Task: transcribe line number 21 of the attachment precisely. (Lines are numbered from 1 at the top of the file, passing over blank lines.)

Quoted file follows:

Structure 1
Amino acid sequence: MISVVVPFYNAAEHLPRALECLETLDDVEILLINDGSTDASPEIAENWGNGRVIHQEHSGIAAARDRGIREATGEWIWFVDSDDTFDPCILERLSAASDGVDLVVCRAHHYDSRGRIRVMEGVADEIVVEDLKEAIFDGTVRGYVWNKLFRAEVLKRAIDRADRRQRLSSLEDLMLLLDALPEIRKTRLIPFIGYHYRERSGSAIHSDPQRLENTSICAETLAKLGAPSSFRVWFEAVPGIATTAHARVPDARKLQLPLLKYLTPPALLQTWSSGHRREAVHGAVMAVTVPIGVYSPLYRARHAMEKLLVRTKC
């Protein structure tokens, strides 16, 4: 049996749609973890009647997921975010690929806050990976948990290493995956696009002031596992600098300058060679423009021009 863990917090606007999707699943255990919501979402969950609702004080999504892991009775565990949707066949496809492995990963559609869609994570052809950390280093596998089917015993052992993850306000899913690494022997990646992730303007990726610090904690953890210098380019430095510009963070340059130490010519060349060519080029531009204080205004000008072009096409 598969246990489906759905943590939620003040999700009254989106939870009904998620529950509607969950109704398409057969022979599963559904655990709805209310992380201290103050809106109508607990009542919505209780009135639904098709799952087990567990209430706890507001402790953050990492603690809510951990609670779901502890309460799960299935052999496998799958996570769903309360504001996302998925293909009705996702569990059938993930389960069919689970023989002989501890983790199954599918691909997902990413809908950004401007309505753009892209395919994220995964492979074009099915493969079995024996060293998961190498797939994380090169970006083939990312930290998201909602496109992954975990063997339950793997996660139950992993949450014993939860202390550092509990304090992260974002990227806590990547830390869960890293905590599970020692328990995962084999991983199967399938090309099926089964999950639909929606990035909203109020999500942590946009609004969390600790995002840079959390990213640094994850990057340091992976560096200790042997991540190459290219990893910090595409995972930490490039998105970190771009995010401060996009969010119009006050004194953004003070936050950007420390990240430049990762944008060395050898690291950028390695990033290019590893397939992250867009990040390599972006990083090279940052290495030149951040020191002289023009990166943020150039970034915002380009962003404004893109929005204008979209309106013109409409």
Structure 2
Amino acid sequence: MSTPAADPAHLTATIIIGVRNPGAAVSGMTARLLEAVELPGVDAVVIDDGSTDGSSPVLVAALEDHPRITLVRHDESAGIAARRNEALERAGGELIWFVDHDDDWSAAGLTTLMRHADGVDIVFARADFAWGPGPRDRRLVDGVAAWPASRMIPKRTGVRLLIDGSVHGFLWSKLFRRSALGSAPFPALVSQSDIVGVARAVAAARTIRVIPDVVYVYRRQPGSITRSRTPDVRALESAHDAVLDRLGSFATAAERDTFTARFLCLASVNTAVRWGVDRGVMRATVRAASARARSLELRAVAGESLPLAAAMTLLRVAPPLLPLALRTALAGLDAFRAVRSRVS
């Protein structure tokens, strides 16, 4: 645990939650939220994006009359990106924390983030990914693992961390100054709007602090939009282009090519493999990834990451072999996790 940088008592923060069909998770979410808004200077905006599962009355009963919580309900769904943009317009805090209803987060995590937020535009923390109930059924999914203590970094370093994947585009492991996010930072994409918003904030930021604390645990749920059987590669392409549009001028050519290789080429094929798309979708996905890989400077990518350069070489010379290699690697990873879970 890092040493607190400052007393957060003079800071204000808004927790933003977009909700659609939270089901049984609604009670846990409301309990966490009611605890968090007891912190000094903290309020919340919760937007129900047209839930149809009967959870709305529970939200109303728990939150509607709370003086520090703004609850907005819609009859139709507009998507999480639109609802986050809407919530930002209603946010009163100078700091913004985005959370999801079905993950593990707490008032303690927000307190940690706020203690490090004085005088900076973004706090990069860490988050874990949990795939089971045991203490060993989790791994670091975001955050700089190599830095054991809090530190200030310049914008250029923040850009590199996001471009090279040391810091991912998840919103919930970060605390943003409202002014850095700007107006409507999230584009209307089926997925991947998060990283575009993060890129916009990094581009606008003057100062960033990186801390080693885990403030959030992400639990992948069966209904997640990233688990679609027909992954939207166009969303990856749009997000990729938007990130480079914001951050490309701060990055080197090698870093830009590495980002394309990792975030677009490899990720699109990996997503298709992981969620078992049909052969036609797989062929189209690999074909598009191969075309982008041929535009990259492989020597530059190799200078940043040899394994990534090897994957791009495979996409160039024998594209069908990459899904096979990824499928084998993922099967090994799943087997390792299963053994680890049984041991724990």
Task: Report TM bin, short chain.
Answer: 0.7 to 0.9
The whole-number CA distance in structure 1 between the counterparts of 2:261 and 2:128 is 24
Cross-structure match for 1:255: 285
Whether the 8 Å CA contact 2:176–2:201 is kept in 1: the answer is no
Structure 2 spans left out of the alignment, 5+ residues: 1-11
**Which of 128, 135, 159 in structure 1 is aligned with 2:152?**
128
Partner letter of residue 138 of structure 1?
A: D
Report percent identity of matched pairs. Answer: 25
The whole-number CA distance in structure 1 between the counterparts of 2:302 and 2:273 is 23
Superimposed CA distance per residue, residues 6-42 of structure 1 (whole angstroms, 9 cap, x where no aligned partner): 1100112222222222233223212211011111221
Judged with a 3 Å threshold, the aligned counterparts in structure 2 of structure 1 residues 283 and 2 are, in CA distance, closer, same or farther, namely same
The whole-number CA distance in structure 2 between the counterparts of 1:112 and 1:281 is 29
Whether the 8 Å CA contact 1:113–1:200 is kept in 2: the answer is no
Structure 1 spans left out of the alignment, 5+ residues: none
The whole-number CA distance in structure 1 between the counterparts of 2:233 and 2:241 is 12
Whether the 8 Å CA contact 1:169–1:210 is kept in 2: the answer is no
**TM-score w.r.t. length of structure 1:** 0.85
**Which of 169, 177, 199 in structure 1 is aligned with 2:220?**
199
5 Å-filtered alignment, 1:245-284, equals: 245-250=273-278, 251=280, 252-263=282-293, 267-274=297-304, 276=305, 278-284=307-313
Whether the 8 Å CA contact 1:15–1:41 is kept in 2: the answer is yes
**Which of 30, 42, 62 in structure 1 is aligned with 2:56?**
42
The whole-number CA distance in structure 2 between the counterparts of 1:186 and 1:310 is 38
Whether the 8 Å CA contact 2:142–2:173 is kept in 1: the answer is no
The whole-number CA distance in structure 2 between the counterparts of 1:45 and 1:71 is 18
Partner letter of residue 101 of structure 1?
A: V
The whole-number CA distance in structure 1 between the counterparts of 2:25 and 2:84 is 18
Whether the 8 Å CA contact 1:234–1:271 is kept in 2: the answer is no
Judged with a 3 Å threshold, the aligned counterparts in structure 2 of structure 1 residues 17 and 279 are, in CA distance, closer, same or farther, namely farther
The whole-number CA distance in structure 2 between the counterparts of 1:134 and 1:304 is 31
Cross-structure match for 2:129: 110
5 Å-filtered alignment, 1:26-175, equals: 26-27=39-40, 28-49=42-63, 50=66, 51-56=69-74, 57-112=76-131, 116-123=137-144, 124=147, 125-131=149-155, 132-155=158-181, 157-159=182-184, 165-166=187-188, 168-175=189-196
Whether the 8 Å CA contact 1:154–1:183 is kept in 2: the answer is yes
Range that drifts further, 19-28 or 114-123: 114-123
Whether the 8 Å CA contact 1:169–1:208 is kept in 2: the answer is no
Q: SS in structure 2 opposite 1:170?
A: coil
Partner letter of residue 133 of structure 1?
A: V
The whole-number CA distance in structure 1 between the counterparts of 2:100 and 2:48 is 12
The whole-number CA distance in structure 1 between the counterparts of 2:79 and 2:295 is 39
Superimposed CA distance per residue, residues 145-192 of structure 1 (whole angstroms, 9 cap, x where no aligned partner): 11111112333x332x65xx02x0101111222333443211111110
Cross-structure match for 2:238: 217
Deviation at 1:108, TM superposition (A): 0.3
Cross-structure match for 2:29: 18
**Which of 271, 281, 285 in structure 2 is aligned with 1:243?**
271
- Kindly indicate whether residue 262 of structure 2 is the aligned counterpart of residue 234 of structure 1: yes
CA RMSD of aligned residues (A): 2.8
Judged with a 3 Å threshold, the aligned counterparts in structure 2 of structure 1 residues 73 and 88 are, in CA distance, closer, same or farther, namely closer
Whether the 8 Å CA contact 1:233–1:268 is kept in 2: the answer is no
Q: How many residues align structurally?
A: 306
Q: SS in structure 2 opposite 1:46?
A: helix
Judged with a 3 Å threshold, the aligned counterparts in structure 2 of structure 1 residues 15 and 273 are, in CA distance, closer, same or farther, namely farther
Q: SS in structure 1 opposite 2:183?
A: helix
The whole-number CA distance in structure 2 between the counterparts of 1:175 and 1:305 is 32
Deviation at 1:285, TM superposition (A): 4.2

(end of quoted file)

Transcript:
The whole-number CA distance in structure 2 between the counterparts of 1:112 and 1:281 is 29